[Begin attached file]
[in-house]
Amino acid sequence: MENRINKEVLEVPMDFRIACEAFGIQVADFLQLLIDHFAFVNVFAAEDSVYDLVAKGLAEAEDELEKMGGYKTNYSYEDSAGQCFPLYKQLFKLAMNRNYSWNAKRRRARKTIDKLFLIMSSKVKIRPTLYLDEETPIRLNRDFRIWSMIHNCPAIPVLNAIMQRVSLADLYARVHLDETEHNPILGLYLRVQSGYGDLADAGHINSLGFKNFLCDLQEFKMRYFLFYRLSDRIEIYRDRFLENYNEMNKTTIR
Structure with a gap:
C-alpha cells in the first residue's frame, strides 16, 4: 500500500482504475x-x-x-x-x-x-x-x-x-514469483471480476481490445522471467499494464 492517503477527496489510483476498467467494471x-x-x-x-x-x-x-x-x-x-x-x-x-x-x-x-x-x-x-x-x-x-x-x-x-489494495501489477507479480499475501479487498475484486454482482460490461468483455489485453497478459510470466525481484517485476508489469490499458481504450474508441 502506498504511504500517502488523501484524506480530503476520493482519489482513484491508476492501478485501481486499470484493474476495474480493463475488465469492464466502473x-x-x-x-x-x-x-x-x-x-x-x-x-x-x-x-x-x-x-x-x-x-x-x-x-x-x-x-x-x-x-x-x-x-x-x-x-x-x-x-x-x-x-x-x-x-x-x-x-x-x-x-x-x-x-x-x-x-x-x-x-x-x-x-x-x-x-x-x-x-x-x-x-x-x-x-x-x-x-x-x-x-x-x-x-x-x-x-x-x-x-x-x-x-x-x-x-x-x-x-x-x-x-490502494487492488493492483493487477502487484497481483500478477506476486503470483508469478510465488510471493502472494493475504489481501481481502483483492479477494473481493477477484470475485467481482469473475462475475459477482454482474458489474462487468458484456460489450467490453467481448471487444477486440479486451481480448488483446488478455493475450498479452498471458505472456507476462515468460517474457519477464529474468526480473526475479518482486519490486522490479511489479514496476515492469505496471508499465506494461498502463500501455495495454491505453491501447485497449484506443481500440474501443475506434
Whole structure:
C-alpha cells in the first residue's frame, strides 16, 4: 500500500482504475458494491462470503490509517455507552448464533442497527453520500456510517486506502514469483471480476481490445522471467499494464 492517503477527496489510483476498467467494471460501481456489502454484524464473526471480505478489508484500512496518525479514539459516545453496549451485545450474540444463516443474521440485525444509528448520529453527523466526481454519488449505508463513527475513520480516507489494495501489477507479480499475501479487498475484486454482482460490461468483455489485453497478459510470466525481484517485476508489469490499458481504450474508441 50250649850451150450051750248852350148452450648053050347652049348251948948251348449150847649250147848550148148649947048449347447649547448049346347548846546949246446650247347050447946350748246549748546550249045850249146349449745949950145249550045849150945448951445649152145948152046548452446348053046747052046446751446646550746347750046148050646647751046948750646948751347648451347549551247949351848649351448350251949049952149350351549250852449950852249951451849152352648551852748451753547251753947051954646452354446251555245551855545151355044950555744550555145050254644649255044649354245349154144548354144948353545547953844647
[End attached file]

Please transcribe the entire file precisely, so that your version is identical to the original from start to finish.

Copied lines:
[in-house]
Amino acid sequence: MENRINKEVLEVPMDFRIACEAFGIQVADFLQLLIDHFAFVNVFAAEDSVYDLVAKGLAEAEDELEKMGGYKTNYSYEDSAGQCFPLYKQLFKLAMNRNYSWNAKRRRARKTIDKLFLIMSSKVKIRPTLYLDEETPIRLNRDFRIWSMIHNCPAIPVLNAIMQRVSLADLYARVHLDETEHNPILGLYLRVQSGYGDLADAGHINSLGFKNFLCDLQEFKMRYFLFYRLSDRIEIYRDRFLENYNEMNKTTIR
Structure with a gap:
C-alpha cells in the first residue's frame, strides 16, 4: 500500500482504475x-x-x-x-x-x-x-x-x-514469483471480476481490445522471467499494464 492517503477527496489510483476498467467494471x-x-x-x-x-x-x-x-x-x-x-x-x-x-x-x-x-x-x-x-x-x-x-x-x-489494495501489477507479480499475501479487498475484486454482482460490461468483455489485453497478459510470466525481484517485476508489469490499458481504450474508441 502506498504511504500517502488523501484524506480530503476520493482519489482513484491508476492501478485501481486499470484493474476495474480493463475488465469492464466502473x-x-x-x-x-x-x-x-x-x-x-x-x-x-x-x-x-x-x-x-x-x-x-x-x-x-x-x-x-x-x-x-x-x-x-x-x-x-x-x-x-x-x-x-x-x-x-x-x-x-x-x-x-x-x-x-x-x-x-x-x-x-x-x-x-x-x-x-x-x-x-x-x-x-x-x-x-x-x-x-x-x-x-x-x-x-x-x-x-x-x-x-x-x-x-x-x-x-x-x-x-x-x-490502494487492488493492483493487477502487484497481483500478477506476486503470483508469478510465488510471493502472494493475504489481501481481502483483492479477494473481493477477484470475485467481482469473475462475475459477482454482474458489474462487468458484456460489450467490453467481448471487444477486440479486451481480448488483446488478455493475450498479452498471458505472456507476462515468460517474457519477464529474468526480473526475479518482486519490486522490479511489479514496476515492469505496471508499465506494461498502463500501455495495454491505453491501447485497449484506443481500440474501443475506434
Whole structure:
C-alpha cells in the first residue's frame, strides 16, 4: 500500500482504475458494491462470503490509517455507552448464533442497527453520500456510517486506502514469483471480476481490445522471467499494464 492517503477527496489510483476498467467494471460501481456489502454484524464473526471480505478489508484500512496518525479514539459516545453496549451485545450474540444463516443474521440485525444509528448520529453527523466526481454519488449505508463513527475513520480516507489494495501489477507479480499475501479487498475484486454482482460490461468483455489485453497478459510470466525481484517485476508489469490499458481504450474508441 50250649850451150450051750248852350148452450648053050347652049348251948948251348449150847649250147848550148148649947048449347447649547448049346347548846546949246446650247347050447946350748246549748546550249045850249146349449745949950145249550045849150945448951445649152145948152046548452446348053046747052046446751446646550746347750046148050646647751046948750646948751347648451347549551247949351848649351448350251949049952149350351549250852449950852249951451849152352648551852748451753547251753947051954646452354446251555245551855545151355044950555744550555145050254644649255044649354245349154144548354144948353545547953844647